• Book Reviews 21 hours ago

    Finding God in the Verbs: Crafting a Fresh Language of Prayer

    Finding God in the Verbs: Crafting a Fresh Language of Prayer

    by Jennie Isbell and J. Brent Bill InterVarsity Press, Downers’ Grove, Ill. 192 pages REVIEWED BY ASHLEY GOFF The very first chapter of this book is titled, “A New Way to Pray.” The authors, Jennie Isbell and J. Brent Bill, deliver on those words. Isbell and Bill set out to write a collaborative book on creating fresh language — new linguistic frames — for the individual prayer life. What Isbell and Bill present is far from some sort of cookie-cutter script for prayer. Warning against “snack-bar and microwave-meal equivalents of… continue reading...
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  • Outlook Reporting 21 hours ago

    Healthy congregations need healthy pastors

    Healthy congregations need healthy pastors

    by Jana Blazek
    Karen Russell “Generally speaking, pastors are among the most unhealthy people ever,” said Karen Russell, associate for the Presbyterian Church (U.S.A.)’s Office of Theology and Worship, in opening a workshop at Big Tent in Knoxville on August 1. “We’re educated people, we know what’s good for us,” though so often pastors neglect their own physical, mental and spiritual health. “The primary call of the pastor is to be a good Christian,” she said, however only about half of working pastors read the Bible outside of sermon preparation. Shifts in church… continue reading...
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  • Outlook Reporting 2 days ago

    A snapshot of Fringe Christianity

    A snapshot of Fringe Christianity

    by Jana Blazek
    In Bloomington, Indiana, Mihee Kim-Kort, campus minister for UKIRK @ IU, is part of a new collaboration to gather campus leaders, mainline pastors and those working in social service agencies to collaborate on worship, prayer and justice issues. This group, called Fringe Christianity, is a “loose collective of campus leaders, mainline denominational ministers, social workers, counselors, teachers collaborating in creative ways around spirituality and social justice,” she said. Why “fringe”? In a workshop at Big Tent on August 1, Kim-Kort explained the name choice reflects living on the borders and… continue reading...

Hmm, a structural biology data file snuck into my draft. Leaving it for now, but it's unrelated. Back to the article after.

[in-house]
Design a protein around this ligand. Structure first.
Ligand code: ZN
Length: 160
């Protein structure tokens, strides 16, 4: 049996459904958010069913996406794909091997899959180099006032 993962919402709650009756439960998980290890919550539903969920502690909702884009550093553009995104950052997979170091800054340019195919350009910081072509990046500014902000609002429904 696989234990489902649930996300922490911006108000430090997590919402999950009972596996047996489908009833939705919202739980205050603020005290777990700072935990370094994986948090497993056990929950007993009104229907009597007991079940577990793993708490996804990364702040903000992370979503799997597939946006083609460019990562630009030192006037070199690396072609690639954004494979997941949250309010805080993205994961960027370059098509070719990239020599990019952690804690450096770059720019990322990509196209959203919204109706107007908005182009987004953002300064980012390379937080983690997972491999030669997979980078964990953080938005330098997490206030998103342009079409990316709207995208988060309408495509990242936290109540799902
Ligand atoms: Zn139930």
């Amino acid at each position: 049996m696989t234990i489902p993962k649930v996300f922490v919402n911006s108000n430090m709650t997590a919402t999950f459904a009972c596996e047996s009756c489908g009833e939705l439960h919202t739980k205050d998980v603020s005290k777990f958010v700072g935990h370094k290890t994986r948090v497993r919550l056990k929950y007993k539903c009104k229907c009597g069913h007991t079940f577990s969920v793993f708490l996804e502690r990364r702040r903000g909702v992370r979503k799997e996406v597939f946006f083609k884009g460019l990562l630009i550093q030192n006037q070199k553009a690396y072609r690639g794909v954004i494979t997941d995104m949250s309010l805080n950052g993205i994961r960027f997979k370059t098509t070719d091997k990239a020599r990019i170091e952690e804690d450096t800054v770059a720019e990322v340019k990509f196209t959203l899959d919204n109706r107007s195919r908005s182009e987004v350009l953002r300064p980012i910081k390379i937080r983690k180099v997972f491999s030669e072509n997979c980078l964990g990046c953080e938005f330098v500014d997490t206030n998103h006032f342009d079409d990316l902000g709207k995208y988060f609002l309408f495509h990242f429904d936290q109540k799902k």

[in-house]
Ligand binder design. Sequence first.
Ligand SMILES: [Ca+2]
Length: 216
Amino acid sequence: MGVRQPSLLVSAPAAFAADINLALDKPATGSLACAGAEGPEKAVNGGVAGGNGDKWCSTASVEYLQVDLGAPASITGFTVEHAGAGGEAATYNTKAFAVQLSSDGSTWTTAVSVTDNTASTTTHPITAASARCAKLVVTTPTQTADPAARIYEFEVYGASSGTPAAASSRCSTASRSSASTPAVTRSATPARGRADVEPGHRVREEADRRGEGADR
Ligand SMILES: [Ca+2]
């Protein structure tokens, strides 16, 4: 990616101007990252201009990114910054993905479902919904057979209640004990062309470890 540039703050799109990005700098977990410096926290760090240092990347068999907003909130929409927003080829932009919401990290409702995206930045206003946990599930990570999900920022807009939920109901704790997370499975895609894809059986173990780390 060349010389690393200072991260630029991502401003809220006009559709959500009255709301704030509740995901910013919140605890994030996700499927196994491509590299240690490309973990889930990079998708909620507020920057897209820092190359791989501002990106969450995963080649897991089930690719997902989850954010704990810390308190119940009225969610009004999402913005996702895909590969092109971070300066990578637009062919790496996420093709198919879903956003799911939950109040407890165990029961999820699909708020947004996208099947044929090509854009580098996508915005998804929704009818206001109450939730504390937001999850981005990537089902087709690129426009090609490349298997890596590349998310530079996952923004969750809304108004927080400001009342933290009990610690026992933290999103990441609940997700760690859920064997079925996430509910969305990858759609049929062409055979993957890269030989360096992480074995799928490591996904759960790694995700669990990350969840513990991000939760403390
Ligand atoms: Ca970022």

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Finding God in the Verbs: Crafting a Fresh Language of Prayer

Finding God in the Verbs- Crafting a Fresh Language of Prayer

by Jennie Isbell and J. Brent Bill InterVarsity Press, Downers’ Grove, Ill. 192 pages REVIEWED BY ASHLEY GOFF The very first chapter of this book is titled, “A New Way to Pray.” The authors, Jennie Isbell and J. Brent Bill, deliver on those words. Isbell and Bill set out to write a collaborative book on creating fresh language — new linguistic frames — for the individual prayer life. What Isbell and Bill present is far from some sort of cookie-cutter script for prayer. Warning against “snack-bar and microwave-meal equivalents of prayer,” they seek instead to flesh out a “home-cooked, made-in-love sort of prayer” that comes from an authentic self. Throughout, “Finding God in the Verbs” helps readers reflect critically on the prayers that they might have depended on as teenagers but that now seem inadequate for their adult lives. In considering her own journey with prayer, Isbell writes of a recognition that the “words of teaching songs from the Sunday school ladies [were] … [Read more...]

Healthy congregations need healthy pastors

Karen Russell

“Generally speaking, pastors are among the most unhealthy people ever,” said Karen Russell, associate for the Presbyterian Church (U.S.A.)’s Office of Theology and Worship, in opening a workshop at Big Tent in Knoxville on August 1. “We’re educated people, we know what’s good for us,” though so often pastors neglect their own physical, mental and spiritual health. “The primary call of the pastor is to be a good Christian,” she said, however only about half of working pastors read the Bible outside of sermon preparation. Shifts in church demands may play a role in the decline in spiritual health as well. Russell shared results of a recent inventory of Ministry Information Forms from Presbyterian churches seeking new pastors, which found that less than 10 percent of list “strong spiritual leader” as a top quality; instead, many congregations are searching for an entrepreneur or innovator. Russell said churches and pastors both need to know this fact: there is a strong correlation … [Read more...]